Showing posts with label litreactor. Show all posts
Showing posts with label litreactor. Show all posts

Thursday, May 4, 2023

Under The Skin


In Publishing News this week,

Many writers muttered Hallelujah when Ingram Spark announced they were making print file uploads of Print On Demand books free along with free revisions for the first 60 days. There was general joy all around the publishing socials. They wouldn’t have changed their policy because every other print POD service is free would it?


Business Insider reports that Tiktok has registered a publishing press trademark. I wonder how they are going to advertise their books to readers or reviewers or even how they will go about getting books to publish? Now all they need is a buy button…


The Writers Guild of America called their TV writer members out on strike. This last happened about 16 years ago… and suddenly there was lots of Reality TV popping up. The writers have been screwed by streaming. The New Yorker lays out the case.


The arrest of a Taiwan publisher visiting relatives in China is making the Asian book industry nervous. The disappearance of the writer and publisher is being highlighted by news agencies around the world, reports The Guardian.


The UK Publishing Association reports that they had a bumper year last year with physical book sales up. Mark Williams of The New Publishing Standard points out that their reported numbers have huge million dollar holes. What happened to their digital book industry?

Mark also points out the double standard over Storytel Norway being accused of favouring their own brand on their own platform. Who knew that was unethical? *coughAmazoncough*


Kris Rusch writes this week on the gradual breakdown of favourable terms for writers from Amazon. She has been an advocate of going wide for years. This is her last heads up blog post on the danger of putting all your sales eggs into one basket. All the signs are warning of an iceberg ahead.


Ruth Harris has an interesting post on Outlines, AI, and Stormy Daniels. Ruth tries her hand at using AI to write a blog post and concludes that the prose is very boring. Then she thought about a biography of Stormy Daniels….


Lit Reactor has a great article on books with a lack of character development and concludes it is not a problem. Do we really need to see the characters grow and change? Sometimes the fact that they don’t is comforting. 


In The Craft Section,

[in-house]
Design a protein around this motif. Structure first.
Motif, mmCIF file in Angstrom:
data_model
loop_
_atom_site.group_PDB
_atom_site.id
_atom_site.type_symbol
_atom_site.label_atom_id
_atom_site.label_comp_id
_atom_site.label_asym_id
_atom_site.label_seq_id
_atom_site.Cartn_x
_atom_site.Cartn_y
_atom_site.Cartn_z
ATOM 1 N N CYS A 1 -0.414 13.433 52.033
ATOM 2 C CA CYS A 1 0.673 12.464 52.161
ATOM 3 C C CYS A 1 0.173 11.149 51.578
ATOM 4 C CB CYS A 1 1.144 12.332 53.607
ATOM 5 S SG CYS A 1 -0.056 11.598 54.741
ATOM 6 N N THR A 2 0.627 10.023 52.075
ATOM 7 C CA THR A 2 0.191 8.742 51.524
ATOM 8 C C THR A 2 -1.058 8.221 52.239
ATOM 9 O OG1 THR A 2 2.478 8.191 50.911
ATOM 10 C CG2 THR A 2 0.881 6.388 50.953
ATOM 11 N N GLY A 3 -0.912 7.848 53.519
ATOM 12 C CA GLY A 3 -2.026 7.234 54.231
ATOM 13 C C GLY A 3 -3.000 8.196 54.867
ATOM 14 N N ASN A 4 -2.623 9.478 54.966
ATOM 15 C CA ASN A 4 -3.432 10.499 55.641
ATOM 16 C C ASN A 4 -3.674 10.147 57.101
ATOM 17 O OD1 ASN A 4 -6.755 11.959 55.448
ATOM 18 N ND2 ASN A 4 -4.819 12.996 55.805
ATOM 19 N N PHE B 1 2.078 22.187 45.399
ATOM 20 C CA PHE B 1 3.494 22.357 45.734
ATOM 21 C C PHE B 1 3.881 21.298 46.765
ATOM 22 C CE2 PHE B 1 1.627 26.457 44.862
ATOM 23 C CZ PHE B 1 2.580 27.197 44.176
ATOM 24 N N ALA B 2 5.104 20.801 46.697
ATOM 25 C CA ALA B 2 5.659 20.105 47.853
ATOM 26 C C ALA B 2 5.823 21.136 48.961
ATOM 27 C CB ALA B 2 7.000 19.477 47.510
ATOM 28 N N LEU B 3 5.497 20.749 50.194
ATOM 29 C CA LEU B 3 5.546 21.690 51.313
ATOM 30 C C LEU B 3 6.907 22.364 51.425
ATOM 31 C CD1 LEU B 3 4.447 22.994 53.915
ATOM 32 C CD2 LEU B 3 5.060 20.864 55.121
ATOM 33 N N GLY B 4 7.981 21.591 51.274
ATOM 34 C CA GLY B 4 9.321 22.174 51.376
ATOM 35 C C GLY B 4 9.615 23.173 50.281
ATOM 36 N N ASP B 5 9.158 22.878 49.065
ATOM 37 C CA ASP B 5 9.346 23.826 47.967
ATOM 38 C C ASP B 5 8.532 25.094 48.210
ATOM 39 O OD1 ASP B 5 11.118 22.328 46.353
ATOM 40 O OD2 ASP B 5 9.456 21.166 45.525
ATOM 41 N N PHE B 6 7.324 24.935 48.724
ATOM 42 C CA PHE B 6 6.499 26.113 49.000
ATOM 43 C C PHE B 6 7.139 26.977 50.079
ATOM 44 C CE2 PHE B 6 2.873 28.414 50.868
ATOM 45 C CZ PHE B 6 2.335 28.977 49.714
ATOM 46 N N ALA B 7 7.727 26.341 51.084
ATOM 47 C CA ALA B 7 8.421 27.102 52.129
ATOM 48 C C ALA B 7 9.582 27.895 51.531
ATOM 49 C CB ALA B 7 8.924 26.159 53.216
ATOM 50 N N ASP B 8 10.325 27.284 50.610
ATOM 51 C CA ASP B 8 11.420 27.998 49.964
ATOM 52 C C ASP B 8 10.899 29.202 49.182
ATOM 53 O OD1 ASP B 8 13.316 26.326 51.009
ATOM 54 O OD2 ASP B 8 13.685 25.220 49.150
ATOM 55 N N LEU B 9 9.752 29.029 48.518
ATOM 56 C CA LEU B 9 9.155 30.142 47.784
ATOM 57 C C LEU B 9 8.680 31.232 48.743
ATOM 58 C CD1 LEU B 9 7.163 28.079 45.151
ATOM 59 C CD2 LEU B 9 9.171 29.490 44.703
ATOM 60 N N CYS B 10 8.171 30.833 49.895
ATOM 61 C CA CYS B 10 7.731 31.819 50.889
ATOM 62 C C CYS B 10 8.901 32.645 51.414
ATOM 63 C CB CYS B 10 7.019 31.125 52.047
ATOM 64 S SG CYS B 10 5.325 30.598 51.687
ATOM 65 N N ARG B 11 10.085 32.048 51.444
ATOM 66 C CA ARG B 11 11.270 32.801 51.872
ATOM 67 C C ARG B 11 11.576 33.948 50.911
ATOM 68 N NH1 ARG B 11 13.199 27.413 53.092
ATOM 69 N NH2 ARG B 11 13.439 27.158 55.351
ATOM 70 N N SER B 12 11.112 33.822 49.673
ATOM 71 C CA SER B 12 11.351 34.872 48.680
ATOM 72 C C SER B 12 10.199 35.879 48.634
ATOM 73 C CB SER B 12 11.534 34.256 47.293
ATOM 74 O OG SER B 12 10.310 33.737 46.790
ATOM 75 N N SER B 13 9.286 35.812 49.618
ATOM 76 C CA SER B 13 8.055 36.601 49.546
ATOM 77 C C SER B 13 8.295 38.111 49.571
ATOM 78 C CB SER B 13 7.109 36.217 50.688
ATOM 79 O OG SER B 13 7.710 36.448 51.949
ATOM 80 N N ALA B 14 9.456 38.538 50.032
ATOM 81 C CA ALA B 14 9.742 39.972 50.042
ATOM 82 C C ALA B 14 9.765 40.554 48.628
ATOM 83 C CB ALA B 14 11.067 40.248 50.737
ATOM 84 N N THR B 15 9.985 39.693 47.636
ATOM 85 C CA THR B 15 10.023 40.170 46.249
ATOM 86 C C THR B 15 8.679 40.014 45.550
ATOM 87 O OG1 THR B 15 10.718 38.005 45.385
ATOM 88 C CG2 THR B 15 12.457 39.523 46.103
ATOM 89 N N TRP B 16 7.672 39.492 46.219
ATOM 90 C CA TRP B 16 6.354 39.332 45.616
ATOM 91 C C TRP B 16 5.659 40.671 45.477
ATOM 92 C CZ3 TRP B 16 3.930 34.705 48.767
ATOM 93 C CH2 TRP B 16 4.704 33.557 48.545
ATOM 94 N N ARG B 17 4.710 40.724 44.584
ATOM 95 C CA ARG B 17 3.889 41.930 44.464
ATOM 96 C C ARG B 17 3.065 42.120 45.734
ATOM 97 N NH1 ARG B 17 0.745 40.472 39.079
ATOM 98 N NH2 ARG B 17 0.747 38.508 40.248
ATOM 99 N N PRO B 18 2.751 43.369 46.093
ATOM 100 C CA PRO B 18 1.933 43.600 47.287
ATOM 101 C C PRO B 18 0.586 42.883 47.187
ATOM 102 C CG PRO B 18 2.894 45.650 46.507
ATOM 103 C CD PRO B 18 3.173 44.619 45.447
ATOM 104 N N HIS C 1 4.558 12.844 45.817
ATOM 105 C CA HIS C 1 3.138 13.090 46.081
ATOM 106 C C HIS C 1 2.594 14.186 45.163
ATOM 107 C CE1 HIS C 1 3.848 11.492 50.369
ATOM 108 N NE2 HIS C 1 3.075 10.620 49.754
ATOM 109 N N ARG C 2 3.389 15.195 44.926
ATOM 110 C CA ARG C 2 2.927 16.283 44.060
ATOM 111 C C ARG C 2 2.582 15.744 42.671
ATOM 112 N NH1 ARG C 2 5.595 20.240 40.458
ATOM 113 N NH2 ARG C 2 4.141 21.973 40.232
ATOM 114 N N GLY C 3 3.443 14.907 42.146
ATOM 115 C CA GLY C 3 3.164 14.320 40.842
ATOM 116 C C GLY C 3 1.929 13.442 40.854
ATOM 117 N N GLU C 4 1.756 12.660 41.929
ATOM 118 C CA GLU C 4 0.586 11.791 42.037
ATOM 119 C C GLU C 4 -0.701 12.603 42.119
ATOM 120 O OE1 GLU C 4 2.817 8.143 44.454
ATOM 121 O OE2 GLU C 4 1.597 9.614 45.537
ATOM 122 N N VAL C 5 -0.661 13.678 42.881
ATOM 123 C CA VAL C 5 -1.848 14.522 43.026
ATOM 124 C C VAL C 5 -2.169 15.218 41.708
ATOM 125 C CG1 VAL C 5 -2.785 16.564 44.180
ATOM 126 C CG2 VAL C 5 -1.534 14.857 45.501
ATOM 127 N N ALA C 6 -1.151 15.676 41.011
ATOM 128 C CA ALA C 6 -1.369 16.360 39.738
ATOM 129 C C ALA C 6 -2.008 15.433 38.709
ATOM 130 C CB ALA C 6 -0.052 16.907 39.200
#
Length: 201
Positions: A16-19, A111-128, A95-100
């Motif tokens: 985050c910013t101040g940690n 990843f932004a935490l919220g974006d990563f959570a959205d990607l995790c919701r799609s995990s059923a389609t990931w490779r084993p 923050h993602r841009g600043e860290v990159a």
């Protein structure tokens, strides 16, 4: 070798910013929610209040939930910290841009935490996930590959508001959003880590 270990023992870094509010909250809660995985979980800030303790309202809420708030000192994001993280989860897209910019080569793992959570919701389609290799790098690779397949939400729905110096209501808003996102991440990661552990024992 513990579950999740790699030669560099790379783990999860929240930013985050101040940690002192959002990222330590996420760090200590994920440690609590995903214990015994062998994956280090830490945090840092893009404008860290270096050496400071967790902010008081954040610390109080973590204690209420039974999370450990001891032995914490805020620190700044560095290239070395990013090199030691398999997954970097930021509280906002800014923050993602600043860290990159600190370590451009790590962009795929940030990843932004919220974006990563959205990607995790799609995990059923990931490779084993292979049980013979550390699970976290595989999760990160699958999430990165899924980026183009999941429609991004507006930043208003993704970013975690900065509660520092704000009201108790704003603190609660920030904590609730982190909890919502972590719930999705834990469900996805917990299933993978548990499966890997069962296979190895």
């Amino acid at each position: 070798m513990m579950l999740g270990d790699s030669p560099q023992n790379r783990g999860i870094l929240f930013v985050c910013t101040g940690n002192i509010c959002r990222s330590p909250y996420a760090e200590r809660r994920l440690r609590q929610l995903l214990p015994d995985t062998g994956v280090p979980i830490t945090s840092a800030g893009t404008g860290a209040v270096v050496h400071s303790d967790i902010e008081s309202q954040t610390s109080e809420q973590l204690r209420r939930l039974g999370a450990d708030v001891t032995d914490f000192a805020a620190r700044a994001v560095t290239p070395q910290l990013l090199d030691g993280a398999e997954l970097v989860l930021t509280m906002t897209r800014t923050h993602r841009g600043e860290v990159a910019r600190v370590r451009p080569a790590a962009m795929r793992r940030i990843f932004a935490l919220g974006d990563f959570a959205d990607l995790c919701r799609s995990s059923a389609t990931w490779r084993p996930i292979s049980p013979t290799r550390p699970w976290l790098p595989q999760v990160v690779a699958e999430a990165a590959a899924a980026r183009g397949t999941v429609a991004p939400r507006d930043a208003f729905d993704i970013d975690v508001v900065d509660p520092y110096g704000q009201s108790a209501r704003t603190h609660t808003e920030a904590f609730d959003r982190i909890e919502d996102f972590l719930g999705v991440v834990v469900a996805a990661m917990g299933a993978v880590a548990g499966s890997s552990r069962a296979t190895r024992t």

Assuaging the pain of punctuation- Tiffany Yates Martin - Bookmark

5 things to know about writing for teens- Jennifer De Leon

The difference between character archetypes and tropes- Becca Puglisi- Bookmark

What is a psycological thriller- Cailean Steed- Bookmark

What we can learn from reading bad fiction- Richard Thomas


In The Marketing Section,

7 tips for strategic pricing- Penny Sansevieri- Bookmark

Critique sites- Kathy Steinemann

Should you pay an influencer- Sandra Beckwith

What goes on the copyright page- Darcy Pattison- Bookmark

Readerscout- new free tech from Kindlepreneur- Bookmark


To Finish,

The 122 page book, Death Of An Author has been making small waves after it was recently published by Seth Godin’s press Pushkin Industries. 95% of this murder mystery is written by AI. The New York Times reviews it fairly. Some will like it. Some will hate it. 

Creativity is not under threat- yet. 





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Pic: Photo by Possessed Photography on Unsplash

Thursday, March 30, 2017

Rapping On Book Sales

This week seems to be a theme on future book buying models. Who is buying and who is selling.

It could be just me, with my one eye fixed on the children’s book market... the readers of the future. How are kids reading in Germany? (Does print still rule?) Who is publishing children’s books in China (Now that the govt is encouraging fiction for children...) How  publishers are waking up to children’s author backlists.

Or it could have been sparked by the comments on Cory Doctorow’s post on a ‘new’business model for authors. Sell the books yourself.  How many reader fans do you need to not  be dependent on booksellers?
If you do want to operate a store front, check out Gumroad designed for creatives who sell their own work.

Joanna Penn has a great interview with Ron Vitale about being a successful writer and working a full time job. This kind of interview is always a reality check. The first check is to think about what your own goals are... and work from there.

Last Month Ruth Harris talked about Stress and Burnout in authors and how to recognise it. In Part Two She looks at how to cope with Stress and manage Burnout. These two posts are essential reading for writers.